On October 25, 2017, the FDA released two final guidance documents: Deciding When to Submit a 510(k) for a Change to an Existing Device, which applies to medical device changes broadly, and Deciding When to Submit a 510(k) for a Software Change to an Existing Device, which focuses on software-specific changes and complements the broader guidance document. These guidance documents supersede Deciding When to Submit a 510(k) for a Change to an Existing Device (K97-1), issued in 1997.
According to FDA, as medical device technology continues to evolve, these guidances are intended to provide recommendations to help manufacturers determine when an intended change to a legally marketed medical device subject to premarket notification (510(k)) requirements is significant enough to require FDA review, including changes that could significantly affect the safety or effectiveness of a device and major changes or modifications to a devices intended use.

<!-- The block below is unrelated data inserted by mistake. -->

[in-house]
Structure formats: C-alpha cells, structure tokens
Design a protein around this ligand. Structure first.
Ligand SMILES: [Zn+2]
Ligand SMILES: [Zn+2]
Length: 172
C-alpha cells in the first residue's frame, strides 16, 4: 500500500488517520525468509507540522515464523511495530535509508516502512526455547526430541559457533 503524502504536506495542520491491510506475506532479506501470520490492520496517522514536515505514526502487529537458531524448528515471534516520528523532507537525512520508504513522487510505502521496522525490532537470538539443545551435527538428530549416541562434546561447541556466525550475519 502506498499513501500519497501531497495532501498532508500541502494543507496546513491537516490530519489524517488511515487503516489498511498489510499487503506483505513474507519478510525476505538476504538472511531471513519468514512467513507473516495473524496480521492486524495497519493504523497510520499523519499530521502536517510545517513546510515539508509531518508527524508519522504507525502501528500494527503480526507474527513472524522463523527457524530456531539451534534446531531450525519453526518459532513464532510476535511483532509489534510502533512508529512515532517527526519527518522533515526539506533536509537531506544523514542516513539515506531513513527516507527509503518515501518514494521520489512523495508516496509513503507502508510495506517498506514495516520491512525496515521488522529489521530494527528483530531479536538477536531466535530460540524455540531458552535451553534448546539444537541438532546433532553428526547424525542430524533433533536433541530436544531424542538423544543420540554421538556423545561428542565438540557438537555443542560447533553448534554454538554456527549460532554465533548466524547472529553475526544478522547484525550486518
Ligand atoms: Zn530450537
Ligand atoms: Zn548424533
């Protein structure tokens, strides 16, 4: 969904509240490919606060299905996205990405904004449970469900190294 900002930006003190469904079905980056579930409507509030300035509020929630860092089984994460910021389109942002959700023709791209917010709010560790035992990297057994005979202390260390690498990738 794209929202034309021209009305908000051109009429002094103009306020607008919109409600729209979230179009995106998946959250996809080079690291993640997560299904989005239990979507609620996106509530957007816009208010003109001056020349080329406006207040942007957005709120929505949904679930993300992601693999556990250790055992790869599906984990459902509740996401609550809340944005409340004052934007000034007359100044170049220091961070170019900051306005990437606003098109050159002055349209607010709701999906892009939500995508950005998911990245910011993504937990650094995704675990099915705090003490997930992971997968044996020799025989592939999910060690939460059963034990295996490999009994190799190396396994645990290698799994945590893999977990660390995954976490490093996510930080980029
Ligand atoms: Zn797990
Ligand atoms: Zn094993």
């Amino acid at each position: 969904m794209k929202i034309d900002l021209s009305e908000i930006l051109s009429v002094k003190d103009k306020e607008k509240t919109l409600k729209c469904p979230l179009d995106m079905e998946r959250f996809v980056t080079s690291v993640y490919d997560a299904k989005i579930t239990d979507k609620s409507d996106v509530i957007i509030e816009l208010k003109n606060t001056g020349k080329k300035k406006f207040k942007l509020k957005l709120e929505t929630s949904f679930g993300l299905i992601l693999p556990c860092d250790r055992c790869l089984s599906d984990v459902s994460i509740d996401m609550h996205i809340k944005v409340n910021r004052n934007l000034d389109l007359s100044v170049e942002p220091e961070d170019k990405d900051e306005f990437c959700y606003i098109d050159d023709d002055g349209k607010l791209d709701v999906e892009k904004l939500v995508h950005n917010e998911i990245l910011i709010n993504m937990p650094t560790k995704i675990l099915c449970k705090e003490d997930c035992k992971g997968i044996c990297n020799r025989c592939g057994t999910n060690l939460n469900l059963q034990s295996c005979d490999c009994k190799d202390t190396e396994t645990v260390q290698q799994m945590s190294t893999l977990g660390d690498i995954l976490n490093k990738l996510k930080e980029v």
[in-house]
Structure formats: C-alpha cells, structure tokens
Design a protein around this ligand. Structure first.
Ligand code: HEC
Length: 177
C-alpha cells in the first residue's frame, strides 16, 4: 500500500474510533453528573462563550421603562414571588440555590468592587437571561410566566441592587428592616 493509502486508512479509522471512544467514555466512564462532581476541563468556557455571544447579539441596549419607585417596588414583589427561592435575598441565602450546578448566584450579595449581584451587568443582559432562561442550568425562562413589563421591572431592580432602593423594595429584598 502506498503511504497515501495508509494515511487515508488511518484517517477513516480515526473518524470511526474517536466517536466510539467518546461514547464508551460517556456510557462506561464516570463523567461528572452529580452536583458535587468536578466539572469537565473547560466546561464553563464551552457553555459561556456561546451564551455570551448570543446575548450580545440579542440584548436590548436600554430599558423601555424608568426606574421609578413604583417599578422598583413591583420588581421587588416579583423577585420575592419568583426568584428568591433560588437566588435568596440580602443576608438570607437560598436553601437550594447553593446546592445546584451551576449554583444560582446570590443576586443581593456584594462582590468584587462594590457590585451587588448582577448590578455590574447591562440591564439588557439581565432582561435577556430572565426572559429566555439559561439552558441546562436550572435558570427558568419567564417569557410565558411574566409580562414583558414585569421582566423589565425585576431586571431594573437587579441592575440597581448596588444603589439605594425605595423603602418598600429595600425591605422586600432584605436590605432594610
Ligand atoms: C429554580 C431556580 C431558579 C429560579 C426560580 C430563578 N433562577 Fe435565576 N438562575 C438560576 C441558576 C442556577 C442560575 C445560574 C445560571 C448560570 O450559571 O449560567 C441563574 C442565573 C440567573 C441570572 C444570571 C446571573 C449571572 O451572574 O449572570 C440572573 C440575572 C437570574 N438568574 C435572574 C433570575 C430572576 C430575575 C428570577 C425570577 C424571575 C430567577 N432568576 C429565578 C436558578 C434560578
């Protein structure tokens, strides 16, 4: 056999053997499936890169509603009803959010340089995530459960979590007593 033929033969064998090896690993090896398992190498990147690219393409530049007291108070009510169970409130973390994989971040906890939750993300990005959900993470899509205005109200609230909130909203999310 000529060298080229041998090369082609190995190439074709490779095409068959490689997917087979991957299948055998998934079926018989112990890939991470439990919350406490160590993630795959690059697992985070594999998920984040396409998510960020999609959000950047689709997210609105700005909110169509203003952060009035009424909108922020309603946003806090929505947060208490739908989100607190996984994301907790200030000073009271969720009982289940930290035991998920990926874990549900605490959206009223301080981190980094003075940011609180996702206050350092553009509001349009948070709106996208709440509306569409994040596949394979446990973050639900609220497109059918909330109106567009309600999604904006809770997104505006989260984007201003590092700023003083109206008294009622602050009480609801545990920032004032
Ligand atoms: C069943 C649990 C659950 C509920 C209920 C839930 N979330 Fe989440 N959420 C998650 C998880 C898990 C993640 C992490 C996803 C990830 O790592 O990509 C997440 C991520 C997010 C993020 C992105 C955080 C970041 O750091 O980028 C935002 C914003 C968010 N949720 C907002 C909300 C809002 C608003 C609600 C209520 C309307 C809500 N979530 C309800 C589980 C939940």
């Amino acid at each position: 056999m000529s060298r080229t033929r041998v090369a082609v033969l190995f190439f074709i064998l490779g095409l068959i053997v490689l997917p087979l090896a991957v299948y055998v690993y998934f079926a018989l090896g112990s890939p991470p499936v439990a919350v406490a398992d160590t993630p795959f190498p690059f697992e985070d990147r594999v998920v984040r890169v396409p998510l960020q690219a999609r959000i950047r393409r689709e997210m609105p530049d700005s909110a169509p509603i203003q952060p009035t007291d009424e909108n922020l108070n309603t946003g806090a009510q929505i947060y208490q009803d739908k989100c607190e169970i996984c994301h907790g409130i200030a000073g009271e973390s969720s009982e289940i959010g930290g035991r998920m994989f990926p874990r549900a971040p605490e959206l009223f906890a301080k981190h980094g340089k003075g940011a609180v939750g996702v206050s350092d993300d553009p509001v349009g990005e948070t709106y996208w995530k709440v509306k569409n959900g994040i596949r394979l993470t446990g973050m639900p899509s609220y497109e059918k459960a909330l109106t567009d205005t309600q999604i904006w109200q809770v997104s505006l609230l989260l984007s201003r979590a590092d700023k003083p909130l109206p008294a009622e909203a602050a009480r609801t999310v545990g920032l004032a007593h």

FDA stated that these final guidances build on the key concepts described in Deciding When to Submit a 510(k) for a Change to an Existing Device (K97-1), published January 10, 1997, with targeted changes to provide additional clarity on when a new 510(k) is needed.
FDA also emphasizes that the final guidance and its provisions are consistent with its “least burdensome approach” for 510(k)s, which states that FDA “shall only request information that is necessary [and] shall consider the least burdensome means of demonstrating substantial equivalence.”
- Clarification of key terms
- Explanation on how to use risk assessment to evaluate whether or not a change requires a new 510(k)
- Harmonization of flowcharts with the text of the guidance
- Examples of device changes that would or would not require a new 510(k), and
- Recommendations for documenting decisions about whether or not to submit a new 510(k) for a device change